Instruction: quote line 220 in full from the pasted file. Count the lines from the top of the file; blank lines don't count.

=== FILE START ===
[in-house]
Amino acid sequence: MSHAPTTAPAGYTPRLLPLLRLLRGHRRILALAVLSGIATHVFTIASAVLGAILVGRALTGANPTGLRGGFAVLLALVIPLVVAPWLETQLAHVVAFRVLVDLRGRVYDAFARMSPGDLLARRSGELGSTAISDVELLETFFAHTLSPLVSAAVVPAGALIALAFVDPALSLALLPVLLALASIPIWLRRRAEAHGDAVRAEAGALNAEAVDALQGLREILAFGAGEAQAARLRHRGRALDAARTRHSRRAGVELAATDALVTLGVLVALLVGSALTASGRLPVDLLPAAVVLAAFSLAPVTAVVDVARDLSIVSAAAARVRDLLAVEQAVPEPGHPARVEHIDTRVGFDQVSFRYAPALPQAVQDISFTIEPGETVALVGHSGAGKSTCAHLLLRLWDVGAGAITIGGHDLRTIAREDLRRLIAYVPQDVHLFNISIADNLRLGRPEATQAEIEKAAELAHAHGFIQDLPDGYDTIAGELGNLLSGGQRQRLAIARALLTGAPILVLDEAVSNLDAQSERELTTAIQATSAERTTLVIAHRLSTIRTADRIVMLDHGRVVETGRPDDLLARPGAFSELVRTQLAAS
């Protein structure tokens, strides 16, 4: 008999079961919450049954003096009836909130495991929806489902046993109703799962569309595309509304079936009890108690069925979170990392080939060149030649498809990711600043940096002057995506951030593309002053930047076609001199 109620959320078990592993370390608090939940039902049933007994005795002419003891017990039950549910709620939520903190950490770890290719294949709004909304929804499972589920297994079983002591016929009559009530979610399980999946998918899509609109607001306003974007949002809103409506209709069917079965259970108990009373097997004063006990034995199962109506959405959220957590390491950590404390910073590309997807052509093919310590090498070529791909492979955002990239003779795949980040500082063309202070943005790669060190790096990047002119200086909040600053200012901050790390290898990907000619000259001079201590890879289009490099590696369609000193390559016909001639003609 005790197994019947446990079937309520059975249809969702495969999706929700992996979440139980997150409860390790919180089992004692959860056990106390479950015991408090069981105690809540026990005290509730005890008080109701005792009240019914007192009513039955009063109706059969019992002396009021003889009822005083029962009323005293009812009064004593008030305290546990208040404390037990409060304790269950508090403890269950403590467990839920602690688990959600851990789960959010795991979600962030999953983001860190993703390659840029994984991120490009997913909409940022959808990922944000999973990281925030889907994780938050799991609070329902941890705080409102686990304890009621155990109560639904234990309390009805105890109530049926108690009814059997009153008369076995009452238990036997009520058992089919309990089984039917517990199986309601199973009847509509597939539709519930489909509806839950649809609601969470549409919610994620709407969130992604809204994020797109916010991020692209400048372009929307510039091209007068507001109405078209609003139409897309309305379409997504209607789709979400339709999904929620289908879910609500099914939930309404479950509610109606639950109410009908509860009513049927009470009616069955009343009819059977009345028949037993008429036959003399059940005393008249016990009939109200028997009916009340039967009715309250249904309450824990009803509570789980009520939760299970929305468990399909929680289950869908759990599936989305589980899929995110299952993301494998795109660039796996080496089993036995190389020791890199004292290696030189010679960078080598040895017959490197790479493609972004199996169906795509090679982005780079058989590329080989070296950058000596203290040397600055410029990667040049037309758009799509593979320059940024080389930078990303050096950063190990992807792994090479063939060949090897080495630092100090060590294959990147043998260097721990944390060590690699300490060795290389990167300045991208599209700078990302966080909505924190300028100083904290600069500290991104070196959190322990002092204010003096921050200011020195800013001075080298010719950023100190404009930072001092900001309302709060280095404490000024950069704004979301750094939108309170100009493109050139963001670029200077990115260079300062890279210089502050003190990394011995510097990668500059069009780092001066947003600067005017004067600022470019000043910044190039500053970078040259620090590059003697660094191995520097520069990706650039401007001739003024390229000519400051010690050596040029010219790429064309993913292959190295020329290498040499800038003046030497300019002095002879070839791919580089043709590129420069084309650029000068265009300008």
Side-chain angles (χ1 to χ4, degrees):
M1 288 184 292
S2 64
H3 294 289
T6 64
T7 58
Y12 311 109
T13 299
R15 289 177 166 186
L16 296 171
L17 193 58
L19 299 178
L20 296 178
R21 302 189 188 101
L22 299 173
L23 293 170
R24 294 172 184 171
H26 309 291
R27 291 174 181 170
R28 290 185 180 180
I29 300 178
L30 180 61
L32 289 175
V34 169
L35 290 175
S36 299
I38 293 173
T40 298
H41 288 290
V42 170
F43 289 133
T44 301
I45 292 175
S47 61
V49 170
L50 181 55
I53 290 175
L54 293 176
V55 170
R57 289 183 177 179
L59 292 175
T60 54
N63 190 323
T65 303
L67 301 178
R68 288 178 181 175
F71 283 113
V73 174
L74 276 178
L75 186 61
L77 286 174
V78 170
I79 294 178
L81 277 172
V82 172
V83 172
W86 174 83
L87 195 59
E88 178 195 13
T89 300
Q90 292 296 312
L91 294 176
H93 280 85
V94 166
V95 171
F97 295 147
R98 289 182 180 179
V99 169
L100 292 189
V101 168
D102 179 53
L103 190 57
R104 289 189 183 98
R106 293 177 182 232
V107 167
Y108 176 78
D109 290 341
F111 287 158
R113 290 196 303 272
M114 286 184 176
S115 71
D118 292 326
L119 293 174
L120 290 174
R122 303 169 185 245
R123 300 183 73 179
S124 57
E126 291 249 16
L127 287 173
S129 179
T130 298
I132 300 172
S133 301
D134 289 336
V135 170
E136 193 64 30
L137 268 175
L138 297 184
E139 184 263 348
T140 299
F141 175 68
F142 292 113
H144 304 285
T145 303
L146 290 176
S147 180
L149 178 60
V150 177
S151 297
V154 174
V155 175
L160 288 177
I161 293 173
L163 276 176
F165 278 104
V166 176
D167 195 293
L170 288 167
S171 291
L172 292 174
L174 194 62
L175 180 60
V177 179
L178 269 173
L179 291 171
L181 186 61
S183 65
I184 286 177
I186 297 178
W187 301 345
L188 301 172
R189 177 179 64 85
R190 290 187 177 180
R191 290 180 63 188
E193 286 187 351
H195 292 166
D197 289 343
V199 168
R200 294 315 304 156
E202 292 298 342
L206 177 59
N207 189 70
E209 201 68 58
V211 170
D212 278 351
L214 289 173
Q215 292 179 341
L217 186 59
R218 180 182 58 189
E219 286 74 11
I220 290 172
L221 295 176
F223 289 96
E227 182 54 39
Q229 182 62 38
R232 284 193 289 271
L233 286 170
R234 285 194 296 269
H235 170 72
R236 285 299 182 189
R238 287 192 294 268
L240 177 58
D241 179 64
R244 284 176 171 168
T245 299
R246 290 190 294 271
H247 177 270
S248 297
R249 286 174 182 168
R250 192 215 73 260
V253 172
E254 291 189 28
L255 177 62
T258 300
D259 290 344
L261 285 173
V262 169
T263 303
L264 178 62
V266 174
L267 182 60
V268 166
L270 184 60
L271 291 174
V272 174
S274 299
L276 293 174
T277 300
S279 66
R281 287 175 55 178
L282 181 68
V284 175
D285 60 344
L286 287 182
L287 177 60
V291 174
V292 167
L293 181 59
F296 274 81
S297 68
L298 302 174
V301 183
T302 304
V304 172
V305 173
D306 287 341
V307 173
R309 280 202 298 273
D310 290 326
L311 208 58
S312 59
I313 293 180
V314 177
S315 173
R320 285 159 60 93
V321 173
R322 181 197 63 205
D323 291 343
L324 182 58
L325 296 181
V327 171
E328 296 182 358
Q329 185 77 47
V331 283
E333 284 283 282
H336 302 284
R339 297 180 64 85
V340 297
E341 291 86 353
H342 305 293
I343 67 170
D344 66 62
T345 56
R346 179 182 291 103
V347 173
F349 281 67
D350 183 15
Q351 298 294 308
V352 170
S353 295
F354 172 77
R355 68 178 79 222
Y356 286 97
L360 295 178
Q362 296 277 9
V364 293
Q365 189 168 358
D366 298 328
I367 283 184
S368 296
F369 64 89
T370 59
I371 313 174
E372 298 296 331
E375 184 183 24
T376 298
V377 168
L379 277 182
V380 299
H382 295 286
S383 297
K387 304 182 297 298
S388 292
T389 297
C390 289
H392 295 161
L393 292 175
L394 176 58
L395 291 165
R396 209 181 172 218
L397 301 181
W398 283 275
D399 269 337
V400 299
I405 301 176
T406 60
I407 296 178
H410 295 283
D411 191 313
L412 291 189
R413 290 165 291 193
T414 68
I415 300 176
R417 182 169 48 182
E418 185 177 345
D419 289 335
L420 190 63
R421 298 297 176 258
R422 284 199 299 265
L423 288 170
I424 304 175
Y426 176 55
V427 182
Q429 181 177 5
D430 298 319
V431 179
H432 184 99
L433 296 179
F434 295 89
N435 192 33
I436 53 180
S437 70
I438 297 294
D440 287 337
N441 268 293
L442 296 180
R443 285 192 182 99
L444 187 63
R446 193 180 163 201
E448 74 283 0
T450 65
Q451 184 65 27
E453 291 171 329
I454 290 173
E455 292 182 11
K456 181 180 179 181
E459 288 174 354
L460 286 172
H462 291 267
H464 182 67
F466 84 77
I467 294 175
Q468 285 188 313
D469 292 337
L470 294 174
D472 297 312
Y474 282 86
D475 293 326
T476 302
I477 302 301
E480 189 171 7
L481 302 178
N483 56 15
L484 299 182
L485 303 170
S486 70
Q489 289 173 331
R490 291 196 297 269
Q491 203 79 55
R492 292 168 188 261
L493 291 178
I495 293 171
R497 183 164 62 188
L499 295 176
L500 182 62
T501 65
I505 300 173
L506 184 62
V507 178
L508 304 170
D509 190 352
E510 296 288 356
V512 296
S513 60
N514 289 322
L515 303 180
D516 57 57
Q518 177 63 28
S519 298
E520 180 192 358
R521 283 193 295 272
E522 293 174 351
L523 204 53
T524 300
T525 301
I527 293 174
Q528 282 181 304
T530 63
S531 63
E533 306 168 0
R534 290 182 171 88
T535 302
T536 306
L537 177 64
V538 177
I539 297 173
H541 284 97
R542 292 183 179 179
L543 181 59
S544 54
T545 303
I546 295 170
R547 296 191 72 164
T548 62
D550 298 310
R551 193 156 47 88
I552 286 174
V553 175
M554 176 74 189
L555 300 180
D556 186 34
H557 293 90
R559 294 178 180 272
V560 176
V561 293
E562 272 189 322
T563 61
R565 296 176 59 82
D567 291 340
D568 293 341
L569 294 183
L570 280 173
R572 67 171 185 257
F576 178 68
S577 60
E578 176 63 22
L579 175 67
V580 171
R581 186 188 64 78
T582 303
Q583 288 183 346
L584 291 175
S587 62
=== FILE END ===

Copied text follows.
R322 181 197 63 205